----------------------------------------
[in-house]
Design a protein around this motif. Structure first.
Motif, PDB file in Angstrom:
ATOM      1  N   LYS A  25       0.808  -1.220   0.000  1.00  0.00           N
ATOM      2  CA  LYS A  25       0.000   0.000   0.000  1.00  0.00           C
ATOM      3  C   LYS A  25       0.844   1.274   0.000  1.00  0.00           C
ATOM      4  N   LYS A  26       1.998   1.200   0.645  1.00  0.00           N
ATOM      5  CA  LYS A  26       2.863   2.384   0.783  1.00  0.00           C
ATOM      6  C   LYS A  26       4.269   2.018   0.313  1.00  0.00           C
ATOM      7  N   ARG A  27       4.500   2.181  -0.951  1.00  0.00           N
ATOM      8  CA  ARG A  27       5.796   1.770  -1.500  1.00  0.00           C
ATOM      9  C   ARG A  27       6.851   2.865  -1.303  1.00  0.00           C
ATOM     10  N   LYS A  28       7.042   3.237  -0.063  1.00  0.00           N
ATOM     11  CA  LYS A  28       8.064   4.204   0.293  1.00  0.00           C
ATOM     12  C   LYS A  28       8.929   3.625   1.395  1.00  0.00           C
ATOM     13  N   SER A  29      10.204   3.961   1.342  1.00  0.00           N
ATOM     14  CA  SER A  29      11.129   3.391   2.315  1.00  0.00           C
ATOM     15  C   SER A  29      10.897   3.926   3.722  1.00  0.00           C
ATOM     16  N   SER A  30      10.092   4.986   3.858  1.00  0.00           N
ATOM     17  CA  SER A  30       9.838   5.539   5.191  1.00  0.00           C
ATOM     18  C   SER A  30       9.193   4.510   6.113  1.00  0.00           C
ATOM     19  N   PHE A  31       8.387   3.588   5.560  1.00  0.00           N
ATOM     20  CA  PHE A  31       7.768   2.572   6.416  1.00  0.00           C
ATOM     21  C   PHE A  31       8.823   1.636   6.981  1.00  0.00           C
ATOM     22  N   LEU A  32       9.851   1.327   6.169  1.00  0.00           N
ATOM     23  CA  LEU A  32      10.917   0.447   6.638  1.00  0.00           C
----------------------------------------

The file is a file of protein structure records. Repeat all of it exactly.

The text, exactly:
[in-house]
Design a protein around this motif. Structure first.
Motif, PDB file in Angstrom:
ATOM      1  N   LYS A  25       0.808  -1.220   0.000  1.00  0.00           N
ATOM      2  CA  LYS A  25       0.000   0.000   0.000  1.00  0.00           C
ATOM      3  C   LYS A  25       0.844   1.274   0.000  1.00  0.00           C
ATOM      4  N   LYS A  26       1.998   1.200   0.645  1.00  0.00           N
ATOM      5  CA  LYS A  26       2.863   2.384   0.783  1.00  0.00           C
ATOM      6  C   LYS A  26       4.269   2.018   0.313  1.00  0.00           C
ATOM      7  N   ARG A  27       4.500   2.181  -0.951  1.00  0.00           N
ATOM      8  CA  ARG A  27       5.796   1.770  -1.500  1.00  0.00           C
ATOM      9  C   ARG A  27       6.851   2.865  -1.303  1.00  0.00           C
ATOM     10  N   LYS A  28       7.042   3.237  -0.063  1.00  0.00           N
ATOM     11  CA  LYS A  28       8.064   4.204   0.293  1.00  0.00           C
ATOM     12  C   LYS A  28       8.929   3.625   1.395  1.00  0.00           C
ATOM     13  N   SER A  29      10.204   3.961   1.342  1.00  0.00           N
ATOM     14  CA  SER A  29      11.129   3.391   2.315  1.00  0.00           C
ATOM     15  C   SER A  29      10.897   3.926   3.722  1.00  0.00           C
ATOM     16  N   SER A  30      10.092   4.986   3.858  1.00  0.00           N
ATOM     17  CA  SER A  30       9.838   5.539   5.191  1.00  0.00           C
ATOM     18  C   SER A  30       9.193   4.510   6.113  1.00  0.00           C
ATOM     19  N   PHE A  31       8.387   3.588   5.560  1.00  0.00           N
ATOM     20  CA  PHE A  31       7.768   2.572   6.416  1.00  0.00           C
ATOM     21  C   PHE A  31       8.823   1.636   6.981  1.00  0.00           C
ATOM     22  N   LEU A  32       9.851   1.327   6.169  1.00  0.00           N
ATOM     23  CA  LEU A  32      10.917   0.447   6.638  1.00  0.00           C